So, what I'm saying to you I that I have experienced the adamant refusal to go to hospital but luckily I didn't have to try to persuade my Mum when she was still young enough to have some expectation of quality years of life ahead of her.
If you think it is essential that Mum goes into hospital because if she doesn't then she will die prematurely and if she does and recovers then she will have years of good living to look forward to, then maybe she will go for YOU on the grounds that she is causing you distress and making you ill by refusing. Her 'maternal instinct' might overcome her fear. None of us like the idea of being in hospital but when it's for a foreseeable time for an op for example, it's something to be endured but not so very frightening as it must be when one is old and thinking that 'perhaps I will die there among strangers and not in my own bed and my own home'.
May I just add to that that 'we' (ie, the younger generation) can have a very different take on hospitalisation than the person who is likely to go into hospital.

Even if there is no coming back out as Nature has taken its course.

For 'us', we may actually feel that we 'prefer' our parents to die in hospital, because our logic can go 'They were ill, and in a dangerous situation. So I wanted them to be in hospital because there everything will be done that can be done, so that if they DO die, then I have the comfort of knowing that even the experts in hospital couldn't save them....'

But for them, they may simply think 'Look, I'm dying anyway, and I want to die at home, even if that means I die a bit sooner than I would if I were in hospital.'

Do I think it's important to try and distinguish between what makes US feel better (eg, them going into hospital!) and what makes THEM feel better (eg, staying well clear of hospital).

It may help us if we think what WE might think about hospitalisation when it comes to 'our turn' to be the older generation.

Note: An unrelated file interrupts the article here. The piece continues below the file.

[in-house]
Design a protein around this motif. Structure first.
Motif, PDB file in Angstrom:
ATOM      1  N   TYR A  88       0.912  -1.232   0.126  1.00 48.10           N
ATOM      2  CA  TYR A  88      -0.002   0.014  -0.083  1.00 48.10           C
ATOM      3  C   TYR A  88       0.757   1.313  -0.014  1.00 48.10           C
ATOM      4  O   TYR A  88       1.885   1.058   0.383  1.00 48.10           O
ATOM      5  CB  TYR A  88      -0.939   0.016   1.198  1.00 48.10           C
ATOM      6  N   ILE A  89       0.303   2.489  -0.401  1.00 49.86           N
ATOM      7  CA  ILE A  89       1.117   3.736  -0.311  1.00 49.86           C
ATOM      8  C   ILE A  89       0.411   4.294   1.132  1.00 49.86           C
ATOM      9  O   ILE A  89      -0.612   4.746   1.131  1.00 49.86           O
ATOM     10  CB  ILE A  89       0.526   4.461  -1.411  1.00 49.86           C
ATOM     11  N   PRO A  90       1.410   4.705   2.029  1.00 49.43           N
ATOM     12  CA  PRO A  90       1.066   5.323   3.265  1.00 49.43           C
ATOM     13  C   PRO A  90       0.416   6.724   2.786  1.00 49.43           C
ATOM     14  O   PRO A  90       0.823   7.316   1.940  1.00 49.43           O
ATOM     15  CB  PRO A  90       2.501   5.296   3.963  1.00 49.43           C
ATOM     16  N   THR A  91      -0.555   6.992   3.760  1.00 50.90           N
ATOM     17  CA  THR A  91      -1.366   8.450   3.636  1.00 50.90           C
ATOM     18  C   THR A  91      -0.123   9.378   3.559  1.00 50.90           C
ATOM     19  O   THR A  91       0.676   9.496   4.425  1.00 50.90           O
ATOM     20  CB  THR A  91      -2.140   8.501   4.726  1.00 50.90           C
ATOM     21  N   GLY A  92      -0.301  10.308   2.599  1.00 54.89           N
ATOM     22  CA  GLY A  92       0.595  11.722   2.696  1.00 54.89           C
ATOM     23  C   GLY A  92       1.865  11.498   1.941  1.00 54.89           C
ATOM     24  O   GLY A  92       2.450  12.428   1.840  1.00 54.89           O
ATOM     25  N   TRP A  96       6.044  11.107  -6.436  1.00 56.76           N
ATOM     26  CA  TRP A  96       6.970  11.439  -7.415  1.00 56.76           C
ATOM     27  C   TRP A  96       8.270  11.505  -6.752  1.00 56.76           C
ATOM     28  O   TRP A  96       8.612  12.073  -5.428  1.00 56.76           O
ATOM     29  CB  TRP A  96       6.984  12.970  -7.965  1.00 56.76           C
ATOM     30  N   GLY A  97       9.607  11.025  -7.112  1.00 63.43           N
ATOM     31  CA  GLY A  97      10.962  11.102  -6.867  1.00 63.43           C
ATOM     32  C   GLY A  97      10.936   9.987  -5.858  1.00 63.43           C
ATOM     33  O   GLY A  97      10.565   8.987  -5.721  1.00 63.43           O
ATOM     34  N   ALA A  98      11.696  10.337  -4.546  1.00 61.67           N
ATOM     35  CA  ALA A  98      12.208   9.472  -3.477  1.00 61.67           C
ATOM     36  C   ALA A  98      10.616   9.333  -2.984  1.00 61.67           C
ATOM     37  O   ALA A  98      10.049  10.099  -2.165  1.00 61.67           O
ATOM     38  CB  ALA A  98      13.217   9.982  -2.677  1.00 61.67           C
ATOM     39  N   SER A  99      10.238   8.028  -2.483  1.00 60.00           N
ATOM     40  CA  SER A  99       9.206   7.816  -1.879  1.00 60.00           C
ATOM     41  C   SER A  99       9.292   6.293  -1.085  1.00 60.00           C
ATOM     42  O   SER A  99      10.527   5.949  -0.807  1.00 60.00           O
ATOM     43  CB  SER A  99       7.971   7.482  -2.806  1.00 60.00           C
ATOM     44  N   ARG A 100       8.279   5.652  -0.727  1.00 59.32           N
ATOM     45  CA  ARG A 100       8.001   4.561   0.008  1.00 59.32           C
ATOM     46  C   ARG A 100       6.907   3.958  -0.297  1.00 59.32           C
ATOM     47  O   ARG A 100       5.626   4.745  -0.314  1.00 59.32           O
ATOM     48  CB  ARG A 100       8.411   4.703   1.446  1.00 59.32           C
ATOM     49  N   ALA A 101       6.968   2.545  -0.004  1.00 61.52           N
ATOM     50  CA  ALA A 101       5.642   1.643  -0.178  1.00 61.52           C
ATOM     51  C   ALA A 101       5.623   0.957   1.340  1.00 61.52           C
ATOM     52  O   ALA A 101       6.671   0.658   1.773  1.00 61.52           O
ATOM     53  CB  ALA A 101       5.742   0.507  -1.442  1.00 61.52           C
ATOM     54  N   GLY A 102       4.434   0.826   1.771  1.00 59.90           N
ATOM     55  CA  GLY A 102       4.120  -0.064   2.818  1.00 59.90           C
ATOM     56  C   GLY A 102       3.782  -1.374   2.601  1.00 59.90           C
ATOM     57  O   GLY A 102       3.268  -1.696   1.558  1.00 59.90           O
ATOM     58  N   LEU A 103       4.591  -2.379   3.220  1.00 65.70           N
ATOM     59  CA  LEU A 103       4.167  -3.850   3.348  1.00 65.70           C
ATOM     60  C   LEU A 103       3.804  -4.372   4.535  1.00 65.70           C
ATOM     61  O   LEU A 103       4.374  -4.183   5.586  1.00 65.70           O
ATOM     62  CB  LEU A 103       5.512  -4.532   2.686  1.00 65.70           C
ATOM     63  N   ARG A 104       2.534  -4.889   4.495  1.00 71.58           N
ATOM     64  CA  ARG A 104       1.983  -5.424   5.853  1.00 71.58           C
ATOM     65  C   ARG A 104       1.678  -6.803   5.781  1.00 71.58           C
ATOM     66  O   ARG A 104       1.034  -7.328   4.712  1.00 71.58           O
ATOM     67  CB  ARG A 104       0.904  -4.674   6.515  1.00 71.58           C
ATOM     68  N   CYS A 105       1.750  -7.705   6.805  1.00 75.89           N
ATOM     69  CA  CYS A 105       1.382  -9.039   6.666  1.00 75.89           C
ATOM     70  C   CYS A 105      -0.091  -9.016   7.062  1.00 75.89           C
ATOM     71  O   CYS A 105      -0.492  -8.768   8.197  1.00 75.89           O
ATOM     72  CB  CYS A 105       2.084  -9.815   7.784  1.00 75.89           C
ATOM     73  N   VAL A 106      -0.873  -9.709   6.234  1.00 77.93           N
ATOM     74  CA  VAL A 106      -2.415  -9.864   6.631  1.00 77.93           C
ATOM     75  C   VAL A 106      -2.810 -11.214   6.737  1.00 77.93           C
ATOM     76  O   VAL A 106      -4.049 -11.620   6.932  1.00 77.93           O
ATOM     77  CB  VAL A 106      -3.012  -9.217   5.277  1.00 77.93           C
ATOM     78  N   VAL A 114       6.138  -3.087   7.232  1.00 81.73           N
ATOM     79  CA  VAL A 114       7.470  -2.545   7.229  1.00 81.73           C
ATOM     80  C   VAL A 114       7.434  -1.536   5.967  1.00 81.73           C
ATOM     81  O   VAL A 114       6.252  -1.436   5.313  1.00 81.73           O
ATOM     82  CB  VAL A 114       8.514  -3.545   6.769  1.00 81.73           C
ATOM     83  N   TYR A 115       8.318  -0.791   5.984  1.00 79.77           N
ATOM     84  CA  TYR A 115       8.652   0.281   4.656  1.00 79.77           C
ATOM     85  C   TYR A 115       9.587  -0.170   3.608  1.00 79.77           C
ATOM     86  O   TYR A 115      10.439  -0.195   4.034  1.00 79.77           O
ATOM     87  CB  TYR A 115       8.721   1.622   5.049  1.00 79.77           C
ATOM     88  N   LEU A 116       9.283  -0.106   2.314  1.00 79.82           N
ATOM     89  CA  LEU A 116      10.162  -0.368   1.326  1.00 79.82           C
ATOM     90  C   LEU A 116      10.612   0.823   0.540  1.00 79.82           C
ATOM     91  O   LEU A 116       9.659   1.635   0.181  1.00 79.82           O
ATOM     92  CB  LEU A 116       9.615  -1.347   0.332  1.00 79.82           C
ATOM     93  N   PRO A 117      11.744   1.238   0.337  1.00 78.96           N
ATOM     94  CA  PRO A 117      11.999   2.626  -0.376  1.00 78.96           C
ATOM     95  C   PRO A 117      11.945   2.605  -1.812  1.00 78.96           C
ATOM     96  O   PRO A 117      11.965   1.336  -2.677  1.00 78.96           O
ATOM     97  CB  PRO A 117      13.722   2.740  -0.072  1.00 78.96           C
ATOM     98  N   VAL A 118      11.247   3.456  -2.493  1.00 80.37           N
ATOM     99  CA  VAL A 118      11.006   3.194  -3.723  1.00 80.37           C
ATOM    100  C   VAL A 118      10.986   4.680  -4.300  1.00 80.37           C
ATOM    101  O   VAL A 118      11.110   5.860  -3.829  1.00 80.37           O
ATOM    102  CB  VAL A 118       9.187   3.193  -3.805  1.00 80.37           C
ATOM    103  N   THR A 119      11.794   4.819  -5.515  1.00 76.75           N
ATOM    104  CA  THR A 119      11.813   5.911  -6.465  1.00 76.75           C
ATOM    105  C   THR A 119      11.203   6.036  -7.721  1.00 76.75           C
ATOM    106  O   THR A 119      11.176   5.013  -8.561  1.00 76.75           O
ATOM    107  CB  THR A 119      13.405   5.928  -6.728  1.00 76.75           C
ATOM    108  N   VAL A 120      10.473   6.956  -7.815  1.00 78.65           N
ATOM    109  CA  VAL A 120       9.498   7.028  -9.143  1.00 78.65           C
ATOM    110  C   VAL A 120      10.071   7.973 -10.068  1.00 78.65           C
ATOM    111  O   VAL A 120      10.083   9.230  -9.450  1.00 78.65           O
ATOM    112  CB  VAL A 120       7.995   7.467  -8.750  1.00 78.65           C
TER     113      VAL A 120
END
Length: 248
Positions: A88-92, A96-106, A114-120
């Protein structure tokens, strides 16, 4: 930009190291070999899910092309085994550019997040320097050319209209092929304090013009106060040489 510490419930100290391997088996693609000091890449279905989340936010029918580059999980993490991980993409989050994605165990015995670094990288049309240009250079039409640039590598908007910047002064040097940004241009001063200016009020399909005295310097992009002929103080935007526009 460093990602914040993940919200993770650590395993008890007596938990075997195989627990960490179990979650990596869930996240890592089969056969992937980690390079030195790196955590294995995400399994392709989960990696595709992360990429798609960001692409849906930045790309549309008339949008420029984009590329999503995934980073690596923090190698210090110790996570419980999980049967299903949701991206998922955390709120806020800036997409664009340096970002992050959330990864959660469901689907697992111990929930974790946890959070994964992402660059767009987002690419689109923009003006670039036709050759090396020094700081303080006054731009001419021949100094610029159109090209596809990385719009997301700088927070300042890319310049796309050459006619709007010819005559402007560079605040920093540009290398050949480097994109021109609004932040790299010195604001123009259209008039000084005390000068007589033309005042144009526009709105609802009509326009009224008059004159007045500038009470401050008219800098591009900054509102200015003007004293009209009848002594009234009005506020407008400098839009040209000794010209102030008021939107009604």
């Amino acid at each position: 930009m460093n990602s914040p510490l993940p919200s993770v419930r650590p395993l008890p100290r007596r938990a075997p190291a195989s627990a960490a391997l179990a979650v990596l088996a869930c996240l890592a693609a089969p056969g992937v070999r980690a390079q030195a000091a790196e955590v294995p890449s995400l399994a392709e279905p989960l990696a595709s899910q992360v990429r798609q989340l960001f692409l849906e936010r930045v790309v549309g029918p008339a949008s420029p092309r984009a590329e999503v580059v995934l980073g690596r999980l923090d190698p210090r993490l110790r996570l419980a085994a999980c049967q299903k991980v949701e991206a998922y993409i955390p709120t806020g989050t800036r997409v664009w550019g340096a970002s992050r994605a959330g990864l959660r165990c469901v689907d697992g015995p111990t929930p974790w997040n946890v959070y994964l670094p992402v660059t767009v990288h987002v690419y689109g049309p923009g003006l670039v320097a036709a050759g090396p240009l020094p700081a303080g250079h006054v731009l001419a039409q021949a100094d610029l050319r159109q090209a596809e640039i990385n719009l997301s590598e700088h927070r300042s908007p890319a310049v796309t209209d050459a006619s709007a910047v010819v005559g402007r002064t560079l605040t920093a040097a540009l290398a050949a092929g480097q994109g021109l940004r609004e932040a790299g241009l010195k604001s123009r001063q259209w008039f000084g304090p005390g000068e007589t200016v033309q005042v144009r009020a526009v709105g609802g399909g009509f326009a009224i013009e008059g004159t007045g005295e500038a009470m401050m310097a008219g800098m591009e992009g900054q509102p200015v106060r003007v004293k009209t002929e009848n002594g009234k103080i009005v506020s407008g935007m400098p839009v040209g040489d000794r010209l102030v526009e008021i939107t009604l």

Sadly, no easy answers.
Thank you all. Happy to report that Mom is now in hospital and hopefully getting the treatment she needs. It took me another 36 hours to persuade her (cajoling/blackmail/I can't cope strategies) but finally she relented. And the strange thing is she's happy to be there now!
Thank you again x
jackie_b wrote:... And the strange thing is she's happy to be there now!
Thank you again x
:roll: :roll: :D :D

Well done, and thanks for letting us know
Try and have some rest now. Pleased to hear your mum was persuaded to go in the end.
Jackie, what a huge relief. Beware the hospital sending her home without going through the proper procedures. In view of her serious health issues, make sure they do an NHS Continuing Healthcare Checklist Assessment, you should be present when they do this. Although it's very much a postcode lottery I'm afraid, it does mean a proper assessment from an OT, physio, etc. and then, and only then, should they decide whether or not she is OK to go back home. If so, then they should decide the level of support she needs AND put it in place, in conjunction with Social Services, before she leaves.